I also checked the outbound-charge in ABRP and it predicted arrival SOC as 42% and charge to 82% (which is into taper of course, so not ideal timewise) driving also +13 mins and 22mins charging. As it happened we made reasonable time and charged outbound. There was a major holdup on A14 and mile after mile of roadworks on M6 and we arrived at 46% (so a couple of minutes charging saved ...)

We left when time was up on the basis of also charging on way home if necessary. Actually (now I check TeslaFi) we left spot-on 82%.

I figured we could detour down M1 on the way home if necessary ... the roadworks on M6, homebound, increased car's TRIP energy graph by a couple of percent and predicted arrival at home at 14% so when I got to the decision point at the M6/M1 split I was confident no need to stop, so we came home the direct route and arrived at 15% (cruise set to 75-80 where no traffic)

ABRP says that a 75 would need to charge (outbound at Hopwood Park) for 30 minutes (charge to 88%, lots of taper ...). Clearly we would have had to leave earlier, or abandon that charge and top-up on way home (ABRP would take me to Thetford on the way home which would be pretty soul-destroying as its near home, but in the wrong direction!) adding another 10 miles. Adding Newport Pagnell instead would be much the same Driving +25mins, total charging 22 mins (more efficient as both stops at low SOC and no taper)

So my actual 90D route prediction was 3h52m, and the 75D route was 4h05m, an extra 13 minutes driving and an extra stop ... the range-convenience (once I got over the initial purchase cost increase ...) is definitely nice-to-have.
 

J1mbo

Active Member
Aug 20, 2013
1,609
1,459
UK
IMO the mistake people make is to focus on a single journey.

If you dont have home or destination charging then the bigger battery can mean less trips to public chargers.

While working 100 miles away from home last year, it was a royal PITA to have to spend over 2hrs charging (incl. driving to the nearest rapid charger and back) on a Weds or Thurs evening because it was my only charging option for getting home. Hotel was about 10miles from office. Nearest SC was a 60 mile round trip.

A 100D would have just about done it, but no chance in the 90D.
 
  • Like
Reactions: WannabeOwner

_jmk

Member
Sep 4, 2017
359
265
Finland
I did 430km hop yesterday in 75D. It used 110kWh for the trip and there were no superchargers on the route, only chademos. Neither 100 or the 75 would survive without charging all the way, but the 75 had to fill up for 50kWh and the 100 would have managed with 30kWh fill-up (it consumes a bit more). 20kWh more that the 75 had to charge from chademo is 30 minutes. 100 is clearly better for sure. Hope we eventually get a supercharger here...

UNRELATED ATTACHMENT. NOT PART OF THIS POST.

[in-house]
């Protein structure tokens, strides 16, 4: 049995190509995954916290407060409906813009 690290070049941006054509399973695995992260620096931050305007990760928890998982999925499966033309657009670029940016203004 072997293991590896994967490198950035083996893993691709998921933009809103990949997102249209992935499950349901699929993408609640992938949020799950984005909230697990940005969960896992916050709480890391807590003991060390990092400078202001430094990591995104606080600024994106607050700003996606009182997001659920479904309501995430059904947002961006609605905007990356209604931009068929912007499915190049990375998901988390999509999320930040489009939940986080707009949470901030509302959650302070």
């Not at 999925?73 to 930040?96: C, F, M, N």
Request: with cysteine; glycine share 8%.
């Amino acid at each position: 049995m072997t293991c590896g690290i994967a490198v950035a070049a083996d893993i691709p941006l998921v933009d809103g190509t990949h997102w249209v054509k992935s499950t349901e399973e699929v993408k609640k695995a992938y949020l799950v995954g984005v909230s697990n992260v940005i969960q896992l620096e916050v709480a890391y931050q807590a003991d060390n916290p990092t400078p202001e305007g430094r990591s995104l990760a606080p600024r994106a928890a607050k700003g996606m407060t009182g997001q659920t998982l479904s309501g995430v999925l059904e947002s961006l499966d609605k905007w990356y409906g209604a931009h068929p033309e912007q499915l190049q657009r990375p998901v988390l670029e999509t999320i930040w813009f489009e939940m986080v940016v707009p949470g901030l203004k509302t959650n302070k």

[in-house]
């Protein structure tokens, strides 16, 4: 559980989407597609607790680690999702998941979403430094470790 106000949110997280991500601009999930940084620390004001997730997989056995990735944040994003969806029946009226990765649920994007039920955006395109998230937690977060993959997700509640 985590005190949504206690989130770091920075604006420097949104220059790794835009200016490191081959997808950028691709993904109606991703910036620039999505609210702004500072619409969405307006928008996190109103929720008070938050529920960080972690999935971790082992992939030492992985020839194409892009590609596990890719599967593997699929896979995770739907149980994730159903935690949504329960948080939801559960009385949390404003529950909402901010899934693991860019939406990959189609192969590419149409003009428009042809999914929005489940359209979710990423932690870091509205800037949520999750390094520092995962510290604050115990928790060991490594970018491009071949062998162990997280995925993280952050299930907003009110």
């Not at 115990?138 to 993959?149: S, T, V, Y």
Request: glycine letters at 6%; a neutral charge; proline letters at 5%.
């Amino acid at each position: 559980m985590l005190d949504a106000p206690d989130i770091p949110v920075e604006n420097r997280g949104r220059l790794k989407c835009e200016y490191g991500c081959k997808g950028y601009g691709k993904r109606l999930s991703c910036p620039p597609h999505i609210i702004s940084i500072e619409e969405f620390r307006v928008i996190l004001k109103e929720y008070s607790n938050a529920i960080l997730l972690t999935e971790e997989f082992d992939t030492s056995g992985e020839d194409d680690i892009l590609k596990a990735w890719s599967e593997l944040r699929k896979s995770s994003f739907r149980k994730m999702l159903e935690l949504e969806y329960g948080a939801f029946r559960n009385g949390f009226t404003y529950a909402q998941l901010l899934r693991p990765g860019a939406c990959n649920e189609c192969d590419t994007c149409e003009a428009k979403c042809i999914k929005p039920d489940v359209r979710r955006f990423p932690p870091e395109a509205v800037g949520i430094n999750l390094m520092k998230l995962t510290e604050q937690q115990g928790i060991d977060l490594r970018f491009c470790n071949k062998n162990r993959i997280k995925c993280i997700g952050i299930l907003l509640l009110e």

WannabeOwner

Well-Known Member
Nov 2, 2015
5,758
2,929
Suffolk, UK
Personally I think 300 mile-range will become the norm fairly soon (well, for those who need more than "local"), and I think that will happen at about the same time as Government spend a fortune of taxpayers money subsidising a rapid charger network -- which will then be significantly less necessary.

I think the issue for 100D vs. 75D, for those who don't need it often, is justifying it in the first place.

I ordered an 85 (at that time 75, 85 and 90 available) which was discontinued during my Wait, so I had the option to take 85 immediately (no good for me) or downgrade/upgrade.

I struggled with the Upgrade decision on the grounds that I had done all the "research" originally and decided 85 was sufficient, and 90 was a fair bit more. Now that I've forgotten about how much that cost I'm glad I went "up" rather than "down".
 

J1mbo

Active Member
Aug 20, 2013
1,609
1,459
UK
In that scenario I seriously wouldn't consider buying an EV in the first place.

Well, I did - took delivery when the only SC in the UK was at the Crystal and couldn't get home charging for about 6 months. Worked out OK but nowhere near as convenient as home charging. A 100D (not available at the time) would have worked better than the P85.
 

Products we're discussing on TMC...

About Us

Formed in 2006, Tesla Motors Club (TMC) was the first independent online Tesla community. Today it remains the largest and most dynamic community of Tesla enthusiasts. Learn more.

Do you value your experience at TMC? Consider becoming a Supporting Member of Tesla Motors Club. As a thank you for your contribution, you'll get nearly no ads in the Community and Groups sections. Additional perks are available depending on the level of contribution. Please visit the Account Upgrades page for more details.


SUPPORT TMC
Top